It is increasingly clear that male and female humans and rodents process pain in different ways. And that there are important differences in the underlying mechanisms involved at genetic, molecular, cellular, and physiological levels.
Despite this fact, according to a review paper from McGill University published today in Nature Reviews Neuroscience, most pain research remains overwhelmingly based on the study of male rodents, continuing to test hypotheses derived from earlier experiments on males. This points to an important blind spot in pain research, particularly as it relates to advancing research into new pain medications. This is especially troublesome given that it is well-documented that most chronic pain sufferers are female.
“The pain literature is biased such that, because of the overwhelming use of male animals in experiments, we are increasingly learning about the biology of pain in males. And wrongly concluding that this is the biology of pain. It’s only the biology of pain in males,” says Jeffrey Mogil, the author of the paper, a professor in McGill’s Departments of Psychology and Anesthesia, the E. P. Taylor Chair in Pain Studies and the Canada Research Chair in the Genetics of Pain.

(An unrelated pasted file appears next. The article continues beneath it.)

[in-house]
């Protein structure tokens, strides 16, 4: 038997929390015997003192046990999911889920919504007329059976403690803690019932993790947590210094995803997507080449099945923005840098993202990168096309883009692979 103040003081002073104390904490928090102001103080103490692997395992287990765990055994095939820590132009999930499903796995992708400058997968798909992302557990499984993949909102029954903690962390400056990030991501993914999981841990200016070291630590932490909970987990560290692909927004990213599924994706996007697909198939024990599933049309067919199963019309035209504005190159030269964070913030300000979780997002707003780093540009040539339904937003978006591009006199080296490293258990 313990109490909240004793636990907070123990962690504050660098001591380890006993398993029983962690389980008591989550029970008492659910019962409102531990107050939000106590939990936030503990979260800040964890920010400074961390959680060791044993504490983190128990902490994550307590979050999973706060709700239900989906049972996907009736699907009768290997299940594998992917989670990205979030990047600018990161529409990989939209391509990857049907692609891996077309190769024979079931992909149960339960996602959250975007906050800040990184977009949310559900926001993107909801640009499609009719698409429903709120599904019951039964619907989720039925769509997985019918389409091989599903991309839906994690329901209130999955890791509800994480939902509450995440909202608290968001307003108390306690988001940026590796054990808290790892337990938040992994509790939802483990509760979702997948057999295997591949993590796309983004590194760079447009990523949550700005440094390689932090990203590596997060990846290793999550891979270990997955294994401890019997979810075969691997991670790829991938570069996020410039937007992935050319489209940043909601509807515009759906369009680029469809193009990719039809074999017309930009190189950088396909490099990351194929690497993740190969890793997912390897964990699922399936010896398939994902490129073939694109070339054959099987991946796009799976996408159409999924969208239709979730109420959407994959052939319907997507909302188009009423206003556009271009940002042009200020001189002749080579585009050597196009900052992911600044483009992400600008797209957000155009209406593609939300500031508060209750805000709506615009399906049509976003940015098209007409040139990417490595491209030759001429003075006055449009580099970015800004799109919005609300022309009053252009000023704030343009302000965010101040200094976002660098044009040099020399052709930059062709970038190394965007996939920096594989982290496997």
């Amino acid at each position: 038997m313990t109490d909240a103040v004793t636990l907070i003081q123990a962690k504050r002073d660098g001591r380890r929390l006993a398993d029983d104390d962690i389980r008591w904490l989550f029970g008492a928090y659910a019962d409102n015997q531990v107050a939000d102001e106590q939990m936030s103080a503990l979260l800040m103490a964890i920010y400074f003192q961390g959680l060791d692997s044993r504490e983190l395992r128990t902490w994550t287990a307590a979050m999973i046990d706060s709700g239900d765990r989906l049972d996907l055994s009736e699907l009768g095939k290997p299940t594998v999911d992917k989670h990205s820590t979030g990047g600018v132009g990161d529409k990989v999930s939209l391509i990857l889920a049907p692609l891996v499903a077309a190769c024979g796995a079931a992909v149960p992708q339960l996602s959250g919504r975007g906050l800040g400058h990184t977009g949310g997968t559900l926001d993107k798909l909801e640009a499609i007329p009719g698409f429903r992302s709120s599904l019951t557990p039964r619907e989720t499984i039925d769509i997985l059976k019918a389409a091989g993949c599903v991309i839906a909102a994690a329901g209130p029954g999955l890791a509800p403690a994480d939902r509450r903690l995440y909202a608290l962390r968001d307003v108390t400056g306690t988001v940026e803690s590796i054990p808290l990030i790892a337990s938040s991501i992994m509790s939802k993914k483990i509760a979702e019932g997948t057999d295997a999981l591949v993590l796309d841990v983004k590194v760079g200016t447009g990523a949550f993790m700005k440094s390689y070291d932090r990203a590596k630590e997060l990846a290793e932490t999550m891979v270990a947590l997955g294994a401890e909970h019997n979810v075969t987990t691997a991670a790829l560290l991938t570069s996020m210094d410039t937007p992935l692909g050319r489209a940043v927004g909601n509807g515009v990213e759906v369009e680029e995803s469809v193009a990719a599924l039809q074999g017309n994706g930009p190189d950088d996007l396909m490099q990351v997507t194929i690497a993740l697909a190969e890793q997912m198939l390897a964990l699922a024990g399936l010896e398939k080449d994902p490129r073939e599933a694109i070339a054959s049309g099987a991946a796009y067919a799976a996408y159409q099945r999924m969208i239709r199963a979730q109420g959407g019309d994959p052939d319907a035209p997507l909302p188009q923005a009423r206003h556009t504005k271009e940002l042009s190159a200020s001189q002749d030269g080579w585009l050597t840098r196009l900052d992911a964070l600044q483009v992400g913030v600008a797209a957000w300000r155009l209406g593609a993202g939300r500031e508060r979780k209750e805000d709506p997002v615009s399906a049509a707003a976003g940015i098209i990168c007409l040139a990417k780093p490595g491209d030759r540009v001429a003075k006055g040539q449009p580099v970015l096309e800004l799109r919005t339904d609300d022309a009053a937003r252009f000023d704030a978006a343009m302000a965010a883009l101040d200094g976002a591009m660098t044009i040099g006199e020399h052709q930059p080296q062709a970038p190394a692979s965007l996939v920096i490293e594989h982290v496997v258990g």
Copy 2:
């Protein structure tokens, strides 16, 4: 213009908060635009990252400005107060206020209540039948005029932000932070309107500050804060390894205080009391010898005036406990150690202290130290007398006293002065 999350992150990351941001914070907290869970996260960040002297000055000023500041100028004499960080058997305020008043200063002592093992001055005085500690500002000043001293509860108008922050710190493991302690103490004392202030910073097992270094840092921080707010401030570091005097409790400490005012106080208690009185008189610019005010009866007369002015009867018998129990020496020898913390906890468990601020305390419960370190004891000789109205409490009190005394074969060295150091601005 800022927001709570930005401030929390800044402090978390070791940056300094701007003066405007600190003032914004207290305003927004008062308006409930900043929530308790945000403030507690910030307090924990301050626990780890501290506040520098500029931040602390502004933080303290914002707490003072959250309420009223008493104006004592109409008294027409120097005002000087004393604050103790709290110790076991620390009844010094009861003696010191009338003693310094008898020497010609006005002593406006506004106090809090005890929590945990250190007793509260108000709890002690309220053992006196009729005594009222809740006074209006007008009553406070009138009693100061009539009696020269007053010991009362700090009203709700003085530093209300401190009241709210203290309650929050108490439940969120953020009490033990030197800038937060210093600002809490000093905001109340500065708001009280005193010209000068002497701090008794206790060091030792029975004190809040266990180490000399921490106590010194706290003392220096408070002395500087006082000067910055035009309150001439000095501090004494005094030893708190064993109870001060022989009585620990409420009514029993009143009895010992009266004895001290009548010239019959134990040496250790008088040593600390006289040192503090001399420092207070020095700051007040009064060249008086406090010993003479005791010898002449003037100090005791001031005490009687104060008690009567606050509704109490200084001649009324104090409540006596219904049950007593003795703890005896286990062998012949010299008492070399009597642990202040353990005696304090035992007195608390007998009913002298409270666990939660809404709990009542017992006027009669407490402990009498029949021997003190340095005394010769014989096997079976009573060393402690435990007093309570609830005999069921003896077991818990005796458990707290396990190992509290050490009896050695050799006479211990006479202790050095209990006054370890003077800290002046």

Canadian funding agencies began recognising sex as a biological variable and asking pain researchers to include female rodents in their experiments in 2006. In the US, a similar shift took place in 2016. Indeed, of the more than 1000 scholarly articles that Mogil reviewed published between January 2015 and December 2019 in Pain, the leading journal in the field, starting in 2016 more and more papers featured testing of both female and male rodents, with male-only studies dropping from 80% of the total in 2015 to only 50% of the total in 2019.
At first glance, the presence of these articles may represent a promising shift in research design. But when Mogil looked more closely at the existing sex differences in pain literature, he found clear evidence of a persistent male bias.
“The very ideas we come up with for experiments, are based on experiments in males and therefore they work in males and not in females. I discovered that in those papers where both sexes were actually tested and results reported on the differences by sex, the experiments “worked out,” meaning the scientific hypothesis being tested was found to be true, in males 72.4% of the time and in females only 27.6%,” said Mogil. “If there were no bias in the literature and there were a number of papers were the experiment worked in one sex and not the other, it should work in females just as often as in males. Why has this happened? Because the hypothesis that that experiment tested out was generated based on prior data from experiments on only males. So, of course, it only worked in males.”
According to Mogil, the conclusion that can be reached from this overview is that researchers are still some way away from developing analgesics that will work in women.
“This research suggests that lots of what’s in the pipeline right now, if it works in anyone at all, will largely be men. Whereas the clear majority of chronic pain patients have been and continue to be women.”
Source: McGill University
Reference: Jeffrey S. Mogil. Qualitative sex differences in pain processing: emerging evidence of a biased literature. Nature Reviews Neuroscience, 2020; DOI: 10.1038/s41583-020-0310-6